Here's the first change that we came across that we weren't expecting. In older versions of Civ, you can build workers, and they can mine the hills, irrigate the grasslands, clear swamplands, and build roads. Doing each action takes a number of turns depending on the action and the terrain, but workers last forever and by the end of the game you tend to accumulate a lot of them. Which is good because eventually they'll be needed to build railroads and clear pollution. But they can be hard to manage because you have to order them around one by one. You can automate them, but the automation (as of Civ 3) was rudimentary. You can tell them to go around and "clear swamplands" but then that's all they'll do, and they'll do it (basically) randomly. You can tell them to "build roads" (or later railroads) but, again, it would be random (i,e. just in random squares around your cities but not necessarily between cities), or you can order them to build a road or railroad from city A to city B. The problem was when you have 20 workers and you want them all to do like a big intercontinental railroad project; you'd either have to tell 20 workers one by one to build a railroad from city A to city E and hope they'd hit B-D as they went, or you'd have to direct them from A to B to C, etc., again, one by one. And if you wanted workers to embark on some new project, you have to catch them while they were in between tasks while on automation. If some worker was set to build mines and you now wanted workers to build railroads because that tech became available, you could either interrupt the worker in the middle of building the mine (and lose all that effort) or keep an eye on him every round until he was finished and then take him out of automation. Keeping track of that for 20 (or more) workers was impossible.
So what i would have liked to have seen is the ability to manage workers at a macro level. Set percentages for workers that are doing irrigation vs. mining, or whatever. Have a worker queue so that you could change orders but only after they finished their current jobs. Give orders like "build roads between all cities" to 10 workers at once.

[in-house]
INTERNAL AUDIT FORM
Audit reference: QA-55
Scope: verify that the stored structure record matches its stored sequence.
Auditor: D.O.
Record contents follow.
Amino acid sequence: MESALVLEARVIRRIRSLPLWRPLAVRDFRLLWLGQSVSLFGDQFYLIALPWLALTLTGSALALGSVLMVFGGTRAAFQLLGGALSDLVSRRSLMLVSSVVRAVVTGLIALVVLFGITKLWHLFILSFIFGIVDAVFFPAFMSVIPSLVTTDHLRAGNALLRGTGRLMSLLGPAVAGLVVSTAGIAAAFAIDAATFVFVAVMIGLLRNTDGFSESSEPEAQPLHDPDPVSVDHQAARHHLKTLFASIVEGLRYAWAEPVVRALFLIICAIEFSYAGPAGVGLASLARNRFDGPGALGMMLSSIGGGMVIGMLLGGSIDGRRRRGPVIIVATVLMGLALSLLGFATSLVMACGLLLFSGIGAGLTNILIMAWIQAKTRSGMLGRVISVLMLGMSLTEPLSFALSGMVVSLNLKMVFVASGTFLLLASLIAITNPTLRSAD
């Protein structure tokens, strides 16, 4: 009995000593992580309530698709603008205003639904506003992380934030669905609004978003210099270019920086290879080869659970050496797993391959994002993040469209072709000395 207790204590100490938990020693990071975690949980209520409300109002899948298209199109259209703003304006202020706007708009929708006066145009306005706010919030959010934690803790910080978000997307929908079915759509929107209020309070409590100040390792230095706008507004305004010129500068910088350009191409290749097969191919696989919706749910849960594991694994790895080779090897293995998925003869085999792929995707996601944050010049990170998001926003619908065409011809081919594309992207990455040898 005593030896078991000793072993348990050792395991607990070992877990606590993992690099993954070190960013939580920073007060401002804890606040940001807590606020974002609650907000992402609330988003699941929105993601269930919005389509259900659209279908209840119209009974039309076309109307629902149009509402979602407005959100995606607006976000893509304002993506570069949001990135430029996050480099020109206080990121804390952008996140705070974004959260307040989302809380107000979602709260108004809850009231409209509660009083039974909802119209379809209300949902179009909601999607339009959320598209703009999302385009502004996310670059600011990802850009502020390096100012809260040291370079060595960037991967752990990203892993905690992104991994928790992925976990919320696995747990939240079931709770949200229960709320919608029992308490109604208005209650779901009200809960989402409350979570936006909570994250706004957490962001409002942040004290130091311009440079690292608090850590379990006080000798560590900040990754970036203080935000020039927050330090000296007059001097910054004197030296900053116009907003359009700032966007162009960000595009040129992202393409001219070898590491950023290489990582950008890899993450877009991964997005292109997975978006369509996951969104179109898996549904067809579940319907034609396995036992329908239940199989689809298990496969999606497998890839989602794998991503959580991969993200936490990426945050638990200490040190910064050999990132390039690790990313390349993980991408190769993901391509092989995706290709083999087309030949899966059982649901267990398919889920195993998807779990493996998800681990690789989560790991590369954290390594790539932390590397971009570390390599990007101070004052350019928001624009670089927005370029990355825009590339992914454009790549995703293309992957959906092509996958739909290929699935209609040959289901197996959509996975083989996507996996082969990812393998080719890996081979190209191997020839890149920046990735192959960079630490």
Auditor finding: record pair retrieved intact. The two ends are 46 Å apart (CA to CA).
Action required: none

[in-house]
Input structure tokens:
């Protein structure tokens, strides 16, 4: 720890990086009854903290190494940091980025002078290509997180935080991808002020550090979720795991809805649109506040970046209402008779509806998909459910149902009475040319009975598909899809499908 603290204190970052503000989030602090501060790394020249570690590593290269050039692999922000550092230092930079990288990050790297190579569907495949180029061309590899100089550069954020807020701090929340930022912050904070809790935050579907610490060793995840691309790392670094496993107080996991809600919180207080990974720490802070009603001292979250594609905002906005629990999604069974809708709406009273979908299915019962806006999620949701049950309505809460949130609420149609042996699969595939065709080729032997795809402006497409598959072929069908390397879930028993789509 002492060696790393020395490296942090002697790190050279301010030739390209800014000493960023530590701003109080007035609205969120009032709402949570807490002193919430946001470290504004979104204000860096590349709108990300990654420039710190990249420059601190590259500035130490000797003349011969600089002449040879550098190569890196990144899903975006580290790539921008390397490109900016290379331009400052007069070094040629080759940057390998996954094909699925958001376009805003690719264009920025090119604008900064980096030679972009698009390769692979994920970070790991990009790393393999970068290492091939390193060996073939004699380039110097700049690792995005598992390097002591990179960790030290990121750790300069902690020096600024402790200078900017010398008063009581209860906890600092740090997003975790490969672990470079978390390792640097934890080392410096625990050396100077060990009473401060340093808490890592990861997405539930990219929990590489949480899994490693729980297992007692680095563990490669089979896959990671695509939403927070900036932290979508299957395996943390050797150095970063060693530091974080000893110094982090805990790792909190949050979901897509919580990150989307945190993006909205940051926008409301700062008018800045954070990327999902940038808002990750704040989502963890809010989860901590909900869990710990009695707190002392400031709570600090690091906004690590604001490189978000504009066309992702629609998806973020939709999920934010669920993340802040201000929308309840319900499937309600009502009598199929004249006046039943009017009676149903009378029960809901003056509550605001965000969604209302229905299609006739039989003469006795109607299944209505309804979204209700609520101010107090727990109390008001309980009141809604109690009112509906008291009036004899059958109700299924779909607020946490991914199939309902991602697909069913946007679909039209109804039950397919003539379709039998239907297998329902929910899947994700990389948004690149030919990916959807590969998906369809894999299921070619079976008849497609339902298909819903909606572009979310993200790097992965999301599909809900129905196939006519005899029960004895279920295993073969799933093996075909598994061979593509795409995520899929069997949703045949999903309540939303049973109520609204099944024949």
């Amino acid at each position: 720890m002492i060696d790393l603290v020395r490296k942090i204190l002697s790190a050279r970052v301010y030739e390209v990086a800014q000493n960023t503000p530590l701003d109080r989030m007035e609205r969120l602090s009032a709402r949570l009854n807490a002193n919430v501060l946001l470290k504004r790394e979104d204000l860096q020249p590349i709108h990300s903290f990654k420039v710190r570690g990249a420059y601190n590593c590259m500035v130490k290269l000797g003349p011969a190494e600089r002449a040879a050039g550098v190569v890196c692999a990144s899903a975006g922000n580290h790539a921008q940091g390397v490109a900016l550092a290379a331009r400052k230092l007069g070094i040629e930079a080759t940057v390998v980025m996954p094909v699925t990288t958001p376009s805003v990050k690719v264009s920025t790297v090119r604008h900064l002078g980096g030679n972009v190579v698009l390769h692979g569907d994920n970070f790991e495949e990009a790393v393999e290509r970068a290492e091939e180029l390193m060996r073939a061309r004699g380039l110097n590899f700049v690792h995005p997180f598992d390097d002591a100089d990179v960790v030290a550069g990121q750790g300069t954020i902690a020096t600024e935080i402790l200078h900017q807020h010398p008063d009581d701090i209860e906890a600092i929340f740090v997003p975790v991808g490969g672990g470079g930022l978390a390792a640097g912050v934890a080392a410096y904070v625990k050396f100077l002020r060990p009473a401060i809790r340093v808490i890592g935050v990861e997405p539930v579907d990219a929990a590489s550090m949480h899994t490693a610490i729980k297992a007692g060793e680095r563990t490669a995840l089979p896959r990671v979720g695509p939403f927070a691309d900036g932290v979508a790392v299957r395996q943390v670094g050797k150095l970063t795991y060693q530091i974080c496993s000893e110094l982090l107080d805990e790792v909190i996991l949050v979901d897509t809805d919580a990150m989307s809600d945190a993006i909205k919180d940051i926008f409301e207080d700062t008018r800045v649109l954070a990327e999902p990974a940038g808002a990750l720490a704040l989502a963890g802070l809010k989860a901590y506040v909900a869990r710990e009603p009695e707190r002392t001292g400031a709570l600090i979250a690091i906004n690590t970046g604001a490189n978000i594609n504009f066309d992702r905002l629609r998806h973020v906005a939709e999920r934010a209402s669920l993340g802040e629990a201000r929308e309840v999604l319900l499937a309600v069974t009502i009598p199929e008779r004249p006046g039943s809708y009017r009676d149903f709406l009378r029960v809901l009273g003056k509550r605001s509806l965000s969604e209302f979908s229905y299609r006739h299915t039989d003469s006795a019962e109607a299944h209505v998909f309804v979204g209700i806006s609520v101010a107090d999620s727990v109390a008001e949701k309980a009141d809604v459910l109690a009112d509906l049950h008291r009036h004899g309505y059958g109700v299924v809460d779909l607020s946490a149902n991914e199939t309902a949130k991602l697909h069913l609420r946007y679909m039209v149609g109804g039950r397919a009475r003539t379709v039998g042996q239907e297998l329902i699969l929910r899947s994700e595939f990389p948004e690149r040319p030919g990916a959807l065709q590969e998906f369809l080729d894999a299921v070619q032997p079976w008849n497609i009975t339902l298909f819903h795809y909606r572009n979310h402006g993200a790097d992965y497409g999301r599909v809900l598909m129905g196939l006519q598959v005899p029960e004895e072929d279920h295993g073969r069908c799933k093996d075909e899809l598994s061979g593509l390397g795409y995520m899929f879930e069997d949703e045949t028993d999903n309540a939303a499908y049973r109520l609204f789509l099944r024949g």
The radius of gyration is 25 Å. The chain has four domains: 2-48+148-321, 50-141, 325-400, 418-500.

Firaxis clearly saw that managing workers was a problem, but they solved it in a very different way. First, workers now only have a certain number of "charges". Three by default, can be expanded a bit based on tech and policies. Second, they don't build roads anymore. So a worker can irrigate a grassland and build two mines, and then he's gone and you have to build another one (and they aren't super cheap). There is no automation anymore (obviously, with only 3 charges, you wouldn't want the computer deciding what to do).
As for roads, they are built by traders, which is a truly bizarre decision. Managing trade routes in this game is a nightmare that deserves its own section (but this review is already too long), but the idea that you get roads by sending traders to a city is weird in and of itself. I didn't know that Marco Polo pooped out a road behind him when he traveled to China. And if i just want roads between my own cities, i have to send traders to each city? There is no indication of which of your cities have had traders sent to them already when you're on the trade route selection screen. It's impossible to manage. A later upgrade to the worker unit allows them to build roads, but then you are back to the problem of charges.
I don't know why "charges" were applied to workers but not to military units. The same logic that says a worker can only build three things before becoming exhausted should apply to how many times a soldier can fight, too. Not that i want that, but the selective application of this concept raises questions. This does "solve" the problem of managing a large group of automated workers, but in the same way that strangling your children in the third grade would solve the problem of paying for their college.
min: They stop being cute around age 5 anyway.